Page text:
Donald Trump’s past keeps coming back to haunt him. First there were freshly unburied allegations he sexually assaulted his ex-wife Ivana. Now, a suppressed documentary shot during Trump’s financial implosion at the end of of the Reagan era has made it online.
The footage has been stifled for nearly 30 years, the filmmakers claim, because it was made when Trump was powerful enough back then that threatening lawsuits carried real weight. According to the site:
The film was commissioned in 1988 by Leonard Stern as the first of a series on celebrity businessmen and finished in 1991. Back then, the only way for a film to be seen was on television or in the theater. Donald threatened to sue any broadcaster or distributor that took on the film. In effect, it was suppressed.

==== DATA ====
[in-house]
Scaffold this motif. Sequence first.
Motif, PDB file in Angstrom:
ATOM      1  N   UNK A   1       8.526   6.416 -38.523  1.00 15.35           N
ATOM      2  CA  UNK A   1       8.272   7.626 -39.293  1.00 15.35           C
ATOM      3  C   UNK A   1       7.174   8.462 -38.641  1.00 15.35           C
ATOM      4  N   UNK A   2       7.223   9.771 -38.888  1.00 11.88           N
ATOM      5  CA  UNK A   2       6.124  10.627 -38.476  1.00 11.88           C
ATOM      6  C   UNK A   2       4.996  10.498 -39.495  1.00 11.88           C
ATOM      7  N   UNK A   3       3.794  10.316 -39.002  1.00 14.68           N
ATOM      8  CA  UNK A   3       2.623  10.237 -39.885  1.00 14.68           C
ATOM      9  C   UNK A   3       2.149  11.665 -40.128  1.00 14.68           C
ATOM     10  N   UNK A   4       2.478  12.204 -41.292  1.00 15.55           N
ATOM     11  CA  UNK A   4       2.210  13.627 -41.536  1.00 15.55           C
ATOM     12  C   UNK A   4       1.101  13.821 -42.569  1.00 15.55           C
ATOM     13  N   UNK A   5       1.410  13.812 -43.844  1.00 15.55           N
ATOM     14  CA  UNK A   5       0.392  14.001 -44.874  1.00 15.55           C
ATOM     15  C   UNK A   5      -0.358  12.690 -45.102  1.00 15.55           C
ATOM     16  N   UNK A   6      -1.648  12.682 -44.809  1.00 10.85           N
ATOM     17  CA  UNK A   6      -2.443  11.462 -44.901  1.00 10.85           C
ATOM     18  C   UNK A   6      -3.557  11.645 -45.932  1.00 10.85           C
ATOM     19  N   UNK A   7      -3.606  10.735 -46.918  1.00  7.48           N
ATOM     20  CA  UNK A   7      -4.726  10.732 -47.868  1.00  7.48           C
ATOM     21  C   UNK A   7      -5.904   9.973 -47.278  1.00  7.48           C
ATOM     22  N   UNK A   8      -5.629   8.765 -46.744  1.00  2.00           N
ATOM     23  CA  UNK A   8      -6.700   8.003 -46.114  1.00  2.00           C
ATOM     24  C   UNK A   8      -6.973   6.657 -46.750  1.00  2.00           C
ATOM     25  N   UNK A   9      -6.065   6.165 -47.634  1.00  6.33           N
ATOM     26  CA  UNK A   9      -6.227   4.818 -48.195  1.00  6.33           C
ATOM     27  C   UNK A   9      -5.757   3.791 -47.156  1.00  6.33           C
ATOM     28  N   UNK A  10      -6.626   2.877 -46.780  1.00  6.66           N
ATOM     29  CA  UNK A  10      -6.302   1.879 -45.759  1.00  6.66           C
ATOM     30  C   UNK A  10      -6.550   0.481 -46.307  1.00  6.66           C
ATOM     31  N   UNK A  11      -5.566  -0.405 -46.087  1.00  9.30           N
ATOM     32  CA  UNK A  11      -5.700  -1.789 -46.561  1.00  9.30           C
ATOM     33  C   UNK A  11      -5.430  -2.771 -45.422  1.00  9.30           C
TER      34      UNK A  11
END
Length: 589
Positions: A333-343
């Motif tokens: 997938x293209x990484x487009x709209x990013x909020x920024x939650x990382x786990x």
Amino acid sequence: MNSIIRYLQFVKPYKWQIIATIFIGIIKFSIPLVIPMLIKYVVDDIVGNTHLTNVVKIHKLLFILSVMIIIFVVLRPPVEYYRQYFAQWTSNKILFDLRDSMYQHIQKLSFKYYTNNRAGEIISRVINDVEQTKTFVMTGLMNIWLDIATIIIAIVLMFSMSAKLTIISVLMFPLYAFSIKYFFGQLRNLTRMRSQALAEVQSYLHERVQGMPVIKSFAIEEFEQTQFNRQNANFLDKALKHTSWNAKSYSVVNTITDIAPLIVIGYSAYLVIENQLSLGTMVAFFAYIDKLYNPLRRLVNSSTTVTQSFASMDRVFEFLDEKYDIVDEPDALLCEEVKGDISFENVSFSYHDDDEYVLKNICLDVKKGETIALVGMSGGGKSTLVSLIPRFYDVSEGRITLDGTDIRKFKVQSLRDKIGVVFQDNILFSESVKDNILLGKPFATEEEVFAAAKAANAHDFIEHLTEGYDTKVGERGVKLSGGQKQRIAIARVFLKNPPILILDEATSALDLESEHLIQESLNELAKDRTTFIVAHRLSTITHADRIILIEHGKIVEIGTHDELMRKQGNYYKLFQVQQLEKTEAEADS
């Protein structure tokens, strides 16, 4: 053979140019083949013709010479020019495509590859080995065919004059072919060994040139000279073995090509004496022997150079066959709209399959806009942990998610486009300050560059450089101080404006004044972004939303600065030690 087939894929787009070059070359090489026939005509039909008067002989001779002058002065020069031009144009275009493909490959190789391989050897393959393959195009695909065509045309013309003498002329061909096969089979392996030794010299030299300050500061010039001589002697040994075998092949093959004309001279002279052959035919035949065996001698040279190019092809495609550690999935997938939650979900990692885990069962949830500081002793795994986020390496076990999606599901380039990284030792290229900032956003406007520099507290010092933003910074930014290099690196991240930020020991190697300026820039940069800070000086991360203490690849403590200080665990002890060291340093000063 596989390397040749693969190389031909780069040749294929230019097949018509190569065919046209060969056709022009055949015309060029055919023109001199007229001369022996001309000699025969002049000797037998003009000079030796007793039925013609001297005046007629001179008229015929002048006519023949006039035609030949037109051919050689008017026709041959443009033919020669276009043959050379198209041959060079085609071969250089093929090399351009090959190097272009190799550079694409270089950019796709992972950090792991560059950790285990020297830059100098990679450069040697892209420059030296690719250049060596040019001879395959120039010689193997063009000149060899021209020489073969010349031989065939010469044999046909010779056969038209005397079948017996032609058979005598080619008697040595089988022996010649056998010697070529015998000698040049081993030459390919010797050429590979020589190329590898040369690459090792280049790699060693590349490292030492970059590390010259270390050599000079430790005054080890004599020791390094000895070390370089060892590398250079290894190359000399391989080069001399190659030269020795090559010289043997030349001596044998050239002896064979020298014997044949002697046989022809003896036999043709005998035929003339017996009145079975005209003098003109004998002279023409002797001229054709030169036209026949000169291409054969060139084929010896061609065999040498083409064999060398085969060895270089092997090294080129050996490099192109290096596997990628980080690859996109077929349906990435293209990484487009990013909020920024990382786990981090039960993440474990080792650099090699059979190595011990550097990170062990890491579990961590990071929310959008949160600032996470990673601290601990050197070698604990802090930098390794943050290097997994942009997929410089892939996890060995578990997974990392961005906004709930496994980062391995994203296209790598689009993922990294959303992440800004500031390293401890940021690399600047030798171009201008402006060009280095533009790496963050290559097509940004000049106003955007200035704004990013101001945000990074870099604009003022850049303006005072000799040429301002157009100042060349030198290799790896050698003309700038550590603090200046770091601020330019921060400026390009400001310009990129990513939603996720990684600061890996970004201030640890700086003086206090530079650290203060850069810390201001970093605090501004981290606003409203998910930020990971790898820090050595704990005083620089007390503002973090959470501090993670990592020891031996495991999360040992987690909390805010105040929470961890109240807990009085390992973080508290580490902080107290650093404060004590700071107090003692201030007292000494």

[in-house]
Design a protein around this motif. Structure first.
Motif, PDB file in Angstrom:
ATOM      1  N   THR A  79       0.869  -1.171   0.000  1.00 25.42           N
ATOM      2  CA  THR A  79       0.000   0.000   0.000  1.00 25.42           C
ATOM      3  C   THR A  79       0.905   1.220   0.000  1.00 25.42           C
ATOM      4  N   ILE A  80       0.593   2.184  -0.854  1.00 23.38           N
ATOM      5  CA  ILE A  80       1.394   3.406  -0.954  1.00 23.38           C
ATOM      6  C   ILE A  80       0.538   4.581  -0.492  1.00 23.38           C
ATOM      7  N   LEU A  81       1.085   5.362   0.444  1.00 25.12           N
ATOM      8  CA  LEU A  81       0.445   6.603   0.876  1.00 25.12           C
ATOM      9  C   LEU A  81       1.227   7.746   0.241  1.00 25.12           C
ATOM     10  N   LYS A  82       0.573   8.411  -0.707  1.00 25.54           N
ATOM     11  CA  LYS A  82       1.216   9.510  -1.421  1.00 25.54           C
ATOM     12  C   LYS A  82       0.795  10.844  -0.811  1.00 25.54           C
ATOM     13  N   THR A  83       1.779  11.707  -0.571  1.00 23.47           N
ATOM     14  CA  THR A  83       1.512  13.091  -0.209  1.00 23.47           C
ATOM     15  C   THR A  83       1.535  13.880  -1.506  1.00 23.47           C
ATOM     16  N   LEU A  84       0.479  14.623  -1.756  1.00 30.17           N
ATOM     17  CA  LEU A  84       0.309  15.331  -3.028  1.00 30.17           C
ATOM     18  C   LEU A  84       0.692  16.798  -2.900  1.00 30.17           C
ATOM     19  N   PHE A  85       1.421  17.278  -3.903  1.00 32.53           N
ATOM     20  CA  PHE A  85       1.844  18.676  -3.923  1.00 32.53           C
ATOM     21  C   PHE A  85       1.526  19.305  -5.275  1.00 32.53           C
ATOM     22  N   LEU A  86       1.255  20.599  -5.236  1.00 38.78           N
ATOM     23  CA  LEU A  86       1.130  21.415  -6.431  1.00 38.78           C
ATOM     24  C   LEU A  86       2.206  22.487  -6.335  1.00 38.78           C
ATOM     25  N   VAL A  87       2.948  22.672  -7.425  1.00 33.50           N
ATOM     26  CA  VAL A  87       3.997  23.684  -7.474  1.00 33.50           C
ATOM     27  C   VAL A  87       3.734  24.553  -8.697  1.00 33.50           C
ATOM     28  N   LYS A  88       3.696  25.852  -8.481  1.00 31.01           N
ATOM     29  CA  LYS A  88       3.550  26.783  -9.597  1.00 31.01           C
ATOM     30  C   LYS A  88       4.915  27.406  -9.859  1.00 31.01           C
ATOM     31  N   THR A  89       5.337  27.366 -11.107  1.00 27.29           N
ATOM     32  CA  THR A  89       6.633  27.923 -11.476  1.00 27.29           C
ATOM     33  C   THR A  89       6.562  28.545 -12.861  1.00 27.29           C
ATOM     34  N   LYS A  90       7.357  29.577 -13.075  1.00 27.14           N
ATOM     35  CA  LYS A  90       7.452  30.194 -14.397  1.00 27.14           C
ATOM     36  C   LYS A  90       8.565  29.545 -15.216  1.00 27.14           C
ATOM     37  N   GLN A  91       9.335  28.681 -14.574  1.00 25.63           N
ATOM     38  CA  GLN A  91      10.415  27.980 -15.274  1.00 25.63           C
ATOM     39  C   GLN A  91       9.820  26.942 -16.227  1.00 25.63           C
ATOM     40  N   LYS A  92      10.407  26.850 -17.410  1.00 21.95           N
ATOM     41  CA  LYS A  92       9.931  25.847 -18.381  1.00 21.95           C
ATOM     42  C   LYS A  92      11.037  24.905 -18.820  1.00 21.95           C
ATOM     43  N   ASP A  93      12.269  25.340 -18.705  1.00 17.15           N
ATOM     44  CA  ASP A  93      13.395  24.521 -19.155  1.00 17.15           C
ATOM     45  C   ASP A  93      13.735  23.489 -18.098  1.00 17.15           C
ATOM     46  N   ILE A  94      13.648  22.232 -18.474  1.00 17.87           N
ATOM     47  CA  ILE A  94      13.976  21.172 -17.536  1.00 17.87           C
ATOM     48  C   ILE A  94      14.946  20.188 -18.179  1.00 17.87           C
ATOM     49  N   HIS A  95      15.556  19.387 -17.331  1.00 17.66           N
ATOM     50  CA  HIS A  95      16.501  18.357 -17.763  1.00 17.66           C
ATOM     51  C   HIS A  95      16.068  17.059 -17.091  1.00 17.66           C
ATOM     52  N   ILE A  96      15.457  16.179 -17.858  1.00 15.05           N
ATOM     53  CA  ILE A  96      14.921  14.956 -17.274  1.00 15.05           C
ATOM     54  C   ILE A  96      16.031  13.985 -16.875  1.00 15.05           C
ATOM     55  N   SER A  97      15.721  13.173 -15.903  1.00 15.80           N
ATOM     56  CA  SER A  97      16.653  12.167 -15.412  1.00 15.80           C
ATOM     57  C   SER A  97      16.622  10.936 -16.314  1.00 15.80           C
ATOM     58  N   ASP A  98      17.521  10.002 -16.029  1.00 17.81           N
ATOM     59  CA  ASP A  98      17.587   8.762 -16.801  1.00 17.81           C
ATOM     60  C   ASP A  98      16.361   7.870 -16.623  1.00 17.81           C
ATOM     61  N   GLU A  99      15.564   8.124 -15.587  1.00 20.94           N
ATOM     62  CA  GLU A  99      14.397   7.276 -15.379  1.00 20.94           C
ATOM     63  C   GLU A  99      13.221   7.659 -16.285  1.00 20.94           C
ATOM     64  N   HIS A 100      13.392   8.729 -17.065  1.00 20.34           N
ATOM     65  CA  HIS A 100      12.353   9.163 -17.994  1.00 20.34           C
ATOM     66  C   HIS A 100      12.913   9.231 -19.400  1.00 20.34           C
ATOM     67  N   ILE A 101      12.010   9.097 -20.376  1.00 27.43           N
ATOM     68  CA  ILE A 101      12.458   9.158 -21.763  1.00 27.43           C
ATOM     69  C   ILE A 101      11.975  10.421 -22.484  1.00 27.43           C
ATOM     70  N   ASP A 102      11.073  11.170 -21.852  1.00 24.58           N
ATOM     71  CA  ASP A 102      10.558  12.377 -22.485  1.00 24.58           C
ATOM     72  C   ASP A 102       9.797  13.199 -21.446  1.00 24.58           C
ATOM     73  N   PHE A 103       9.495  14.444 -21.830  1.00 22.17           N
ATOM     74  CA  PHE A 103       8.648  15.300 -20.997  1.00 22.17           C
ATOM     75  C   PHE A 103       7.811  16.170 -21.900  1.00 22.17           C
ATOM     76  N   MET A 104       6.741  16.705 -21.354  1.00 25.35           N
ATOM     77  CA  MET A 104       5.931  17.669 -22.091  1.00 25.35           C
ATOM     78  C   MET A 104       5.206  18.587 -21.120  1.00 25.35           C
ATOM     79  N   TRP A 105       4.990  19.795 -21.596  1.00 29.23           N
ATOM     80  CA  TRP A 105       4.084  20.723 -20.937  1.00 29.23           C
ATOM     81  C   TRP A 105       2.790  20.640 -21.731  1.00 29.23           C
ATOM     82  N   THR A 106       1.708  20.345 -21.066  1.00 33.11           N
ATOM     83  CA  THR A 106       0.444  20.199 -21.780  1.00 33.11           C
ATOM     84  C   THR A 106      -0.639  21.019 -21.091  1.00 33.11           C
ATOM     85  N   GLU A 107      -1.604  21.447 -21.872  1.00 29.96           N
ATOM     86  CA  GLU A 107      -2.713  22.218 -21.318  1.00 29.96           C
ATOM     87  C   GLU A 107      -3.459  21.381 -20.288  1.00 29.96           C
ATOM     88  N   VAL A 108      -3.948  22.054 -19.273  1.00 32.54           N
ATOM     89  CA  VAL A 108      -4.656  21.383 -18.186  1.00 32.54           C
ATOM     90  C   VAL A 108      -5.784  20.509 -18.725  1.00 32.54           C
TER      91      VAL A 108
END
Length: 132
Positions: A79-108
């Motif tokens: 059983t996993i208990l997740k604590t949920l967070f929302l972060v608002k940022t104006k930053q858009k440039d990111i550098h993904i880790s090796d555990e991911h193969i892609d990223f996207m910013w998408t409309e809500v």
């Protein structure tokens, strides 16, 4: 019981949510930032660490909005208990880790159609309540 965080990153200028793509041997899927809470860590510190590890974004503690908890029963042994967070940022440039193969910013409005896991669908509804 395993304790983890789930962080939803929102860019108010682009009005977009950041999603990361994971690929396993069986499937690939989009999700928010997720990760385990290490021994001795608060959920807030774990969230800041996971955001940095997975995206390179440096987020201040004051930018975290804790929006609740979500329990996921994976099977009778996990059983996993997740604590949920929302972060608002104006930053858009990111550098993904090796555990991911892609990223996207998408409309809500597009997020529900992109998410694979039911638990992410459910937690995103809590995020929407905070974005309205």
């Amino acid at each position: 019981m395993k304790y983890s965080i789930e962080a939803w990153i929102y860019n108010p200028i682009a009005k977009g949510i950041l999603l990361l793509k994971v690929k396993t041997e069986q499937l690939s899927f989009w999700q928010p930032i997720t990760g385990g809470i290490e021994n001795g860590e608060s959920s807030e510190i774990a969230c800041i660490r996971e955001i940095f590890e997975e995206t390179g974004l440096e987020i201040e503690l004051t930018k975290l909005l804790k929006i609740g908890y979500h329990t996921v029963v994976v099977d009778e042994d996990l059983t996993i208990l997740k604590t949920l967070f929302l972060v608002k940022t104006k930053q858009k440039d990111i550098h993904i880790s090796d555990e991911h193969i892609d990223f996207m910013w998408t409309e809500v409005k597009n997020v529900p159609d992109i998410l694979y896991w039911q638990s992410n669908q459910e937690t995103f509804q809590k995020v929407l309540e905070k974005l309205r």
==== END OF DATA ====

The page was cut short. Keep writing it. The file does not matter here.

It’s a predictably unflattering picture. On the campaign trail Trump likes to present himself as a straight-shooting, tell-it-like-it-is candidate, which seems exactly how he presented himself to creditors and politicians to string out enormous tax breaks and loans he had no intention of ever paying back. He takes his cues from mob connections, leans on daddy’s money, uses illegal immigrants for cheap labor then still comes up short on the bill. His luxury apartments are made with the same inexpensive material used in Section 8 housing.
The film makes Trump out to be a liar of such grotesque proportions that it tinges even the factual statement he makes with doubt. Still, he is — as America will find out during the first Republican Presidential debate — eminently watchable. The movie, available in its entirety here, is worth your time if you like journalism or punching through badly constructed walls.